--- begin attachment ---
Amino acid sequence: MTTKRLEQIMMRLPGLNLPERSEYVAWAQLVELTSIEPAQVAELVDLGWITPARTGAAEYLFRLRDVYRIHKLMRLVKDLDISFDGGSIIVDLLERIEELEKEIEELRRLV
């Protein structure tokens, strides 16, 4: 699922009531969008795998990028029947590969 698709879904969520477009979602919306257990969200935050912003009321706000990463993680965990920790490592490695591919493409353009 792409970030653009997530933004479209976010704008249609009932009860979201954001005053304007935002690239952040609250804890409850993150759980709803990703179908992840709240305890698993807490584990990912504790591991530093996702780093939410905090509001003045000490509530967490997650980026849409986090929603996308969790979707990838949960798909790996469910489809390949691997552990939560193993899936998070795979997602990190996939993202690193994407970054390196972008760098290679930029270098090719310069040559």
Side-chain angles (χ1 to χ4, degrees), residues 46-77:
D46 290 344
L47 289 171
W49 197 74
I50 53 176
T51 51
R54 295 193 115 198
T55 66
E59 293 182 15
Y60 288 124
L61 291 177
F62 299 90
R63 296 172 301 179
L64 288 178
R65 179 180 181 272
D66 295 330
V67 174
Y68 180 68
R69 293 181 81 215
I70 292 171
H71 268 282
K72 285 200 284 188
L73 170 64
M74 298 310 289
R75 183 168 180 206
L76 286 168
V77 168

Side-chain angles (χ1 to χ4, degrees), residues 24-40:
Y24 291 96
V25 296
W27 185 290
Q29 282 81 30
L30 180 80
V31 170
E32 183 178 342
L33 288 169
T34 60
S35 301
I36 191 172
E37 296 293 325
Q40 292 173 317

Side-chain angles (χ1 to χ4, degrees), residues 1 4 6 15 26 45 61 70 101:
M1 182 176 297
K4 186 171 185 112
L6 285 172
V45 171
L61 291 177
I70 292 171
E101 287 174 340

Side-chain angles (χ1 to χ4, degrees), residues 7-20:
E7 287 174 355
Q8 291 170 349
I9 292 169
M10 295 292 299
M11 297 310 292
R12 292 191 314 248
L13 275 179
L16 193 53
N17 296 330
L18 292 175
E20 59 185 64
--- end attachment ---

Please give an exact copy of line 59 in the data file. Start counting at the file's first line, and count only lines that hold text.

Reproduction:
L13 275 179